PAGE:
Some of the last Jews living in Yemen were brought to Israel in a secret mission in recent days, the Jewish Agency announced.

Clandestine activity of the Jewish Agency culminated in the aliya of the 19 Jews, fourteen from the town of Raydah and a family of five from the capital Sanaa.

According to Channel 2, the US State Department was involved in the mission and helped coordinate the complex transfer of the Jews after the group faced persecution on its way to Israel.



Among the new immigrants was Rabbi Saliman Dahari who arrived with his parents and his wife and met his children upon arrival at the absorption center in Israel. The rabbi brought with him a torah scroll that is 500-600-years-old. 

The father of one of the new arrivals on Monday was Aharon Zindani, who was murdered in an anti-Semitic attack in 2012. Also in 2012, a young Jewish woman was abducted, forced to convert to Islam, and forcibly wed to a Muslim man. The Jewish Agency said that as Yemen has descended into civil war and the humanitarian situation in the country has worsened, the Jewish community has found itself increasingly imperiled.

More than 51,000 Yemenite Jews have immigrated to Israel since the country’s establishment in 1948. In 1949, Israel organized their mass transfer to the newly-established state in Operation Magic Carpet.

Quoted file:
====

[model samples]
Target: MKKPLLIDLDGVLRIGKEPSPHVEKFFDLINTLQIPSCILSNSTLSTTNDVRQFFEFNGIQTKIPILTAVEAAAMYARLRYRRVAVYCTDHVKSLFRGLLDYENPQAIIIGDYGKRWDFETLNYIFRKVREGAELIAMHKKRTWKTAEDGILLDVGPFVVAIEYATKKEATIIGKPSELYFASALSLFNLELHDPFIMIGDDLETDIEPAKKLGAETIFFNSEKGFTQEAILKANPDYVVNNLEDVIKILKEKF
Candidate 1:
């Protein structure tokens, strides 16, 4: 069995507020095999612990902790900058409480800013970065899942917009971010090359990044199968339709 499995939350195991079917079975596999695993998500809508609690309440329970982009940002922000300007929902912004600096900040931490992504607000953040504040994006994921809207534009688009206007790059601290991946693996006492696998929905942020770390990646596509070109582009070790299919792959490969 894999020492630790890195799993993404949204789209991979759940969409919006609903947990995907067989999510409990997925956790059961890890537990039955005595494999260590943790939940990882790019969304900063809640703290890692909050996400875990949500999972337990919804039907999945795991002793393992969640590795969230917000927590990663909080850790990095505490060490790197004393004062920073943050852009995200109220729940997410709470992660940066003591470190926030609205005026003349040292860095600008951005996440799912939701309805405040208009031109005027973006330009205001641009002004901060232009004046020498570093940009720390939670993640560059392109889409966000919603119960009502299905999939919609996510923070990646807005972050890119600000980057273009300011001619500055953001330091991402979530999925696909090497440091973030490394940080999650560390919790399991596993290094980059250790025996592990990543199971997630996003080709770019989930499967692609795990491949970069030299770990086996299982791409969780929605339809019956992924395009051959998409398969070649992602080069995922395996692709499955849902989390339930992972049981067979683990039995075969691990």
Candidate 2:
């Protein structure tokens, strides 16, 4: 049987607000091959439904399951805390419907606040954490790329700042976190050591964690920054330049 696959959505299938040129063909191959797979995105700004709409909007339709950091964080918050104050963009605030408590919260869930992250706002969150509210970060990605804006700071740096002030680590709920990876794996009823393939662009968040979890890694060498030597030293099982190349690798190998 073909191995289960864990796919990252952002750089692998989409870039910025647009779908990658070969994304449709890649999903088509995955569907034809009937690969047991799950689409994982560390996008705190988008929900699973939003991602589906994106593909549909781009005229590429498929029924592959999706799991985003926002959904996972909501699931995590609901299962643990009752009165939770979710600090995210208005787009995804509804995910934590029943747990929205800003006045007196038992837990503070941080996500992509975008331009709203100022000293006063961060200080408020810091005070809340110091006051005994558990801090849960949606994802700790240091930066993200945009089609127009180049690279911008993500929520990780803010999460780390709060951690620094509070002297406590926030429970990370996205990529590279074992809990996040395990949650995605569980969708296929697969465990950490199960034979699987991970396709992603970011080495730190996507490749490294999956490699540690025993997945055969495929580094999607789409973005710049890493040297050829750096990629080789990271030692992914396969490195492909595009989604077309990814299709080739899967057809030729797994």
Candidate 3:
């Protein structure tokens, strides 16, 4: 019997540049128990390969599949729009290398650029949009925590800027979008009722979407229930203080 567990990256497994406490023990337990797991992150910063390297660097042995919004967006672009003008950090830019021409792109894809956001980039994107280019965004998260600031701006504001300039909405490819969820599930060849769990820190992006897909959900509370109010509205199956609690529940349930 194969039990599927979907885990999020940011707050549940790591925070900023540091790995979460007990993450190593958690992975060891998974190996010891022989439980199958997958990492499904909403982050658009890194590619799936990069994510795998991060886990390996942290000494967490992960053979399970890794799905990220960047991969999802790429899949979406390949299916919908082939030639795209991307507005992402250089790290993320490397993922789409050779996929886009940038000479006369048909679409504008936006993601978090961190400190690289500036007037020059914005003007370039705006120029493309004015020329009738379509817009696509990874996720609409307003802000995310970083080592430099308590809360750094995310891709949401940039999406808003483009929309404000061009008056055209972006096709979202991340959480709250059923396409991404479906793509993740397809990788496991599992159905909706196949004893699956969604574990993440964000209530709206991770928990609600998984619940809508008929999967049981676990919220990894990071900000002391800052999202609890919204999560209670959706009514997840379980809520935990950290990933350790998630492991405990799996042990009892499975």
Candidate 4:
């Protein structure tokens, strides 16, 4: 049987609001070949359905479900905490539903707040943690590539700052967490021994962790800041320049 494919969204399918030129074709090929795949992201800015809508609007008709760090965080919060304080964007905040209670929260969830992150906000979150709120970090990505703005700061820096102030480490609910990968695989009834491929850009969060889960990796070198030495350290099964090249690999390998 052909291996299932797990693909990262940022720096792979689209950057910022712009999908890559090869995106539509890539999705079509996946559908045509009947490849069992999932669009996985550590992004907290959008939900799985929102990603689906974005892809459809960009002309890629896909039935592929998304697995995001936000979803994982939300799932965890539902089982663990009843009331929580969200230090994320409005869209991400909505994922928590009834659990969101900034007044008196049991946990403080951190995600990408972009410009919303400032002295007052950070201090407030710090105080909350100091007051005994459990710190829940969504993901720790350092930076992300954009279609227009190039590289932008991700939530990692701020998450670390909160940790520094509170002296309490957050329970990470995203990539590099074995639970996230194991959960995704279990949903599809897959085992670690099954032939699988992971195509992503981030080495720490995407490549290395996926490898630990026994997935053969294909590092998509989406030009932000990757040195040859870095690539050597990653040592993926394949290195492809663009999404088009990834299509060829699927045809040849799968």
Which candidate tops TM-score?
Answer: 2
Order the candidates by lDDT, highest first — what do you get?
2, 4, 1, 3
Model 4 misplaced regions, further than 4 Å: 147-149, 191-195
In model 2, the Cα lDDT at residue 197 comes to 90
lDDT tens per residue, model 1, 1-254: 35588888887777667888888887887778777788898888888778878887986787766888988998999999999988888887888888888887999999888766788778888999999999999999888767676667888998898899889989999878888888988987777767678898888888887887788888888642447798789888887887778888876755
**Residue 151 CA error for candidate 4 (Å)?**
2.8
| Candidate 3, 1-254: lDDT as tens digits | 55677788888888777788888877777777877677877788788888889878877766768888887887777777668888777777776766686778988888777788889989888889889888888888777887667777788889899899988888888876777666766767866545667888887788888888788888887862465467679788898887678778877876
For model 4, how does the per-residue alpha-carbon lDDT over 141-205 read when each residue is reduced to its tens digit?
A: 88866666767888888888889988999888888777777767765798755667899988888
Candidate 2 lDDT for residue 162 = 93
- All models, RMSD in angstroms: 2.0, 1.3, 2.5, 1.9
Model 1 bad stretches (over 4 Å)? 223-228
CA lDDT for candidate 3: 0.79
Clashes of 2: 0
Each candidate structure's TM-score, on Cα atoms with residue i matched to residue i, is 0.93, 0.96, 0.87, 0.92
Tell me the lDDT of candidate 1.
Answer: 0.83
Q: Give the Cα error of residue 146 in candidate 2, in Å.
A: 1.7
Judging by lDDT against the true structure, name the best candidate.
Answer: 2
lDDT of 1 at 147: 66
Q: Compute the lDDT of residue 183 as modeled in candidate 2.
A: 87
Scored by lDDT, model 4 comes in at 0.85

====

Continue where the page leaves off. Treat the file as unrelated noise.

The Jewish Agency noted that some fifty Jews remain in Yemen, including approximately forty in Sanaa, where they live in a closed compound adjacent to the US embassy and enjoy the protection of Yemeni authorities. These last Jews have chosen to remain in the country without Jewish communal or organizational infrastructure, the Jewish Agency said.

Chairman of the Jewish Agency for Israel Natan Sharansky said hailed the mission as a "significant moment in the history of Israel and of aliya."

"From Operation Magic Carpet in 1949 until the present day, The Jewish Agency has helped bring Yemenite Jewry home to Israel. Today we bring that historic mission to a close. This chapter in the history of one of the world’s oldest Jewish communities is coming to an end, but Yemenite Jewry’s unique, 2,000-year-old contribution to the Jewish people will continue in the State of Israel,” Sharansky said.


(Photo: Ancient torah scroll brought from Yemen, Credit: Jewish Agency)